"Middle Westron" (of the Yellowskin book) = Middle English
"Old Marish-hobbitish" = (Old) Welsh
Fallohide Hobbit given names = Frankish (a variety of Old High German)
"Bree-landish" = Eastern Brythonic (the variety of the British Celtic language spoken in Logria, before it became "England")
The Northern language (including the Dwarves' outer names) = Old Norse
Mark-speech and "Old Hobbitish" = Old English
The early Northman language of eastern Rhovanion = Gothic
A few hobbit names of Elvish origin are translated as Latin or Frenchified Latin names, such as Gerontius, Paladin, and Peregrin.
Though most of the above-listed equivalencies would remain the same in the County Editions, a few would change, depending on the specific linguistic situation of each county. For example, in the counties of the North-of-England, Cumbric and North Brythonic forms would be used for Bucklandish and Bree-landish names; the "Middle Westron" of the Yellowskin Book would be given Northern Middle English forms; and Mark-speech and "Old Hobbitish" would be represented as Old Northumbrian. For southwestern English counties, there'd be Cornish, South-Western Brythonic, South-Western Middle English, and Old West Saxon, respectively. Most importantly, Englished Westron place names would be remade based on the toponymy of each county. For example, "Mickleburg" would become "Muckleburgh" in the Durham Edition of The Silmarillion. Tolkien's Guide to the Names in the Lord of the Rings would be a key resource.
Tolkien loved England and her dialects. It would be wonderful for his works to be a vehicle for the enlivening of the various flavors of English.
All the best,
Here is a sample of what some of the translations might look like:
Yorkshire Edition [(-) indicates a part of the word that I don't know the dialect equivalent for]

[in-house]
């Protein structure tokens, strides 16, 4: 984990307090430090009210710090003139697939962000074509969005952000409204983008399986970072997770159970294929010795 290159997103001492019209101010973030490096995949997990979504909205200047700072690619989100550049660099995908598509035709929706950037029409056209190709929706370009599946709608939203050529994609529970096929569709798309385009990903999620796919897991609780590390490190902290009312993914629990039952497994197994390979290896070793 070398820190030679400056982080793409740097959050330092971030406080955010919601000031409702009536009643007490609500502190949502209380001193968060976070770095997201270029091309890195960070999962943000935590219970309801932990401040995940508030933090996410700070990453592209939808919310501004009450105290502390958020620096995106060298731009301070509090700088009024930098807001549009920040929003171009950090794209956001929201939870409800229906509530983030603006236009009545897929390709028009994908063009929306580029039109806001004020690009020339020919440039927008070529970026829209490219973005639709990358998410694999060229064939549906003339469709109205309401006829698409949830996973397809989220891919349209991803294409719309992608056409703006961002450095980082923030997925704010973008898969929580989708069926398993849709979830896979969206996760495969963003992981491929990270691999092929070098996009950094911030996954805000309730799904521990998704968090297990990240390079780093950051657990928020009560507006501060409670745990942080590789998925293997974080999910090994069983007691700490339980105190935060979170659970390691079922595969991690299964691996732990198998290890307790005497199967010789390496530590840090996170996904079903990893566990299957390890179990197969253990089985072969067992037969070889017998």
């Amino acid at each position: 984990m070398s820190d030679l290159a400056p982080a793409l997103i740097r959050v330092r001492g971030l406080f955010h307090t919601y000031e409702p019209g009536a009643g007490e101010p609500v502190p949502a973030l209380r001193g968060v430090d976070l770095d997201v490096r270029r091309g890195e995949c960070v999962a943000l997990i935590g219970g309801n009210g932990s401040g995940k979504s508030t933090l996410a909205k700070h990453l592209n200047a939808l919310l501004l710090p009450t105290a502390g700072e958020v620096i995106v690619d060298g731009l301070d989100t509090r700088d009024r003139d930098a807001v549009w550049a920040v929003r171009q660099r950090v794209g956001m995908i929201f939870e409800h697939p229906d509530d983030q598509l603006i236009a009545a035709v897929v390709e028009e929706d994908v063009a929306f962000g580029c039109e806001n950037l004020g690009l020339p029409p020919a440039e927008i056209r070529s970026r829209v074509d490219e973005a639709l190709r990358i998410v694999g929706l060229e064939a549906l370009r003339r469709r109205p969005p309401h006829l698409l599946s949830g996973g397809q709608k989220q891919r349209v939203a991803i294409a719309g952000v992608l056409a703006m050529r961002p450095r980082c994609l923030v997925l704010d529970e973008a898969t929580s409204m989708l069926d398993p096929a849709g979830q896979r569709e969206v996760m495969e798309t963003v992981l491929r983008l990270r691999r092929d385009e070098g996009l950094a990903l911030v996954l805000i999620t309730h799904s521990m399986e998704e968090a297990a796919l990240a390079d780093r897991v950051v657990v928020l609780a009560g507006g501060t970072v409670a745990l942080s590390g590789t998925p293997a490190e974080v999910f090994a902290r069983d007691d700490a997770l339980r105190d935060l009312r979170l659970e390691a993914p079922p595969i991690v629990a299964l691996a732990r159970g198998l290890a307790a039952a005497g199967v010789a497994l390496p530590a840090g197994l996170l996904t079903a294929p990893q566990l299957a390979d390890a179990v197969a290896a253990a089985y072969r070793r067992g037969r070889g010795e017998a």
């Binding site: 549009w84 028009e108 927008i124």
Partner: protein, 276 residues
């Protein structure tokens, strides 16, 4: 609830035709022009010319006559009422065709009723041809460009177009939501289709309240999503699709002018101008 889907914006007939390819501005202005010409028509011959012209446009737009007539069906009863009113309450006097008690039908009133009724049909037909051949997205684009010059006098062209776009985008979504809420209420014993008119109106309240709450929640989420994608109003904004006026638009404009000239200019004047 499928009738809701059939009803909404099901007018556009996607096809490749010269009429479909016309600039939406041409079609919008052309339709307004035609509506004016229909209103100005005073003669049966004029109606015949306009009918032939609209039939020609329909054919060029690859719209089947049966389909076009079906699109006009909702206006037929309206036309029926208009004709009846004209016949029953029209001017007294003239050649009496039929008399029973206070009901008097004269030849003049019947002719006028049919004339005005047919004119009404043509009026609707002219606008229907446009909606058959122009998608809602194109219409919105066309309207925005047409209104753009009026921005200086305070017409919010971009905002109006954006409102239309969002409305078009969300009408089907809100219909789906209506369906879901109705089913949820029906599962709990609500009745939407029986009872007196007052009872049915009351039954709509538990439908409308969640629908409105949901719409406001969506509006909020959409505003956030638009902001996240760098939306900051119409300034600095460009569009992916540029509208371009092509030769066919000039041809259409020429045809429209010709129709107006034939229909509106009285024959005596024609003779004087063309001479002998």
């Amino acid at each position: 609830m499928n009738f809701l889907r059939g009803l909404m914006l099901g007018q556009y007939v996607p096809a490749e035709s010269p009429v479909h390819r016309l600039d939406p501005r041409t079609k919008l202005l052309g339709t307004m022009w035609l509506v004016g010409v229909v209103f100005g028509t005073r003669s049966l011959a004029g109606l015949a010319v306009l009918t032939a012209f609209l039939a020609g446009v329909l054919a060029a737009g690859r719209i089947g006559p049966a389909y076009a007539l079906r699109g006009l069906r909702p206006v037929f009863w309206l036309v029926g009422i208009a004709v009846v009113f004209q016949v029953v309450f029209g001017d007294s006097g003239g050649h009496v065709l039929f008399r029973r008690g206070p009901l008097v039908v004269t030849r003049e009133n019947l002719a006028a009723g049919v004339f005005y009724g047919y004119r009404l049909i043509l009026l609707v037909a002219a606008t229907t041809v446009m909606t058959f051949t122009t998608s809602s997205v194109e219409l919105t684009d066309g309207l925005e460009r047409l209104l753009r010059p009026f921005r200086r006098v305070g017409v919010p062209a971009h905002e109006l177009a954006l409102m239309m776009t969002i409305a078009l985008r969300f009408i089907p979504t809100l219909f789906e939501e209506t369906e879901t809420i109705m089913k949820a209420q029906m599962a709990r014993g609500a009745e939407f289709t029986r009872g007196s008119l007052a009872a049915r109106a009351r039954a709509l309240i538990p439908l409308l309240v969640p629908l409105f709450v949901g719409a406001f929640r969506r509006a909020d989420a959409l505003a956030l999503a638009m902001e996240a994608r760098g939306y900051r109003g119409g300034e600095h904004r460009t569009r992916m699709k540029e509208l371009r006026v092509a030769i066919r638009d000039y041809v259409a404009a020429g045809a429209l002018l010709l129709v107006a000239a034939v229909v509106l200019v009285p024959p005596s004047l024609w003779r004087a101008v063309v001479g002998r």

Eru, the One > Eru, t' Ean
Baggins > Baitins "a packed meal, contents of a lunchbox", since Tolkien 'translated' the antediluvian Westron name <Labingi> as 'Baggins', the Warwickshire dialect word for 'bagged lunch'. This would be a controversial translation since it might be better to retain the element "bag".
The Marish > T� Moss
The Old Bridge > T' Owd Brig
Mickleburg > Micklebrough
Norbury > Norbrough
Farmer Maggot > Farmer Mawk
barrow-(wight) > barugh-(-)
Sack(ville) > Poke(-)
Scary > Scar or Scaur
Rushey > Seavey
Bridge(fields) > Brig(-)
kings(foil) > coneys(-)
Brandy(wine) > Brunt(-)
Variag of Khand > Wigging of Khand. Though <Variag> is said to be an actual word of in a language of the Men of Darkness, "wigging" (the dialect's preservation of "viking") might be used for "Variag" since the historical "varyags" were Russo-Norse vikings in the service of the Byzantine emperor. I realize this would be a controversial translation.
Appledore > Appersett
Standelf > Stain(-)
Redhorn > Raw(-)
Eastemnet > Owstemnet
Easterling > Owsterlin
Fallow(hide) > Blake(-)
Falls of Rauros > Foss of Rauros
Isengard > Isengarth
Oat(bar)ton > Haver(-)ton
(Hoar)well > (-)keld or kell
Heather(toes) > Ling(-)
Rivendell > Rivengill
hobbit > hobbig. "Big" is a Northumberland word for "build". "Hobbit" is supposed to a worn-down version of "Old Hobbitish" "hol-bytla" (meaning "hole-builder"). Since the Northumbrian dialect has a stronger Norse element than Standard English, the Northumbrian translation of Old Hobbitish <kud-dukan> and Westron <kuduk> could be "hol-byggja" and "hobbig". This would be rationalized by the influence of the Northern language on the speech of the Middle Andiun. Tolkien even stated that such influence occurred, such in the name of the Rohan's King Gram, with <gram> borrowed from the Northern (=Old Norse) language.
Baggins > Battens. A Northumbrian translation could make a philological pun using the Northumbrian word for 'feed well'.
The Blue > Thi Blee (the mountains to the west of the Shire)
Michel Delving > Muckle Delvin
The Hobbit > Thur Hobbi'
The Shire > Thur Sheer
great spider > gri' spoider
The Prancing Pony > Thur Prancin' Haarby
Hollin > Hulverlan
halfing > hawflin
Frogmorton > Paddickmworton
Fallowhide > Blakehide
Michel Delving > Meikle Delvin
Little Delving > Laal Delvin
Scary > Skerr
The High Hay > T' High Dyke
The Old Bridge > T' Auld Brig
The Marish > T' Moss
The Three Farthing Stone > T' Three Fardin Stean
Midgewater > Mawkwater
Rivendell > Ryvengill
The Misty Mountains > T' Rowky Fells (or T' Daggy Fells)
goblin > boggle
Goblin-gate > Boggle-yat
The Great Goblin > T' Girt Boggle
Goblin-town > Boggle-wohl
Falls of Rauros > Force o' Rauros
Isengard > Isengarth
gorcrow > dambcrow
Eru, the One > Eru, t' Yan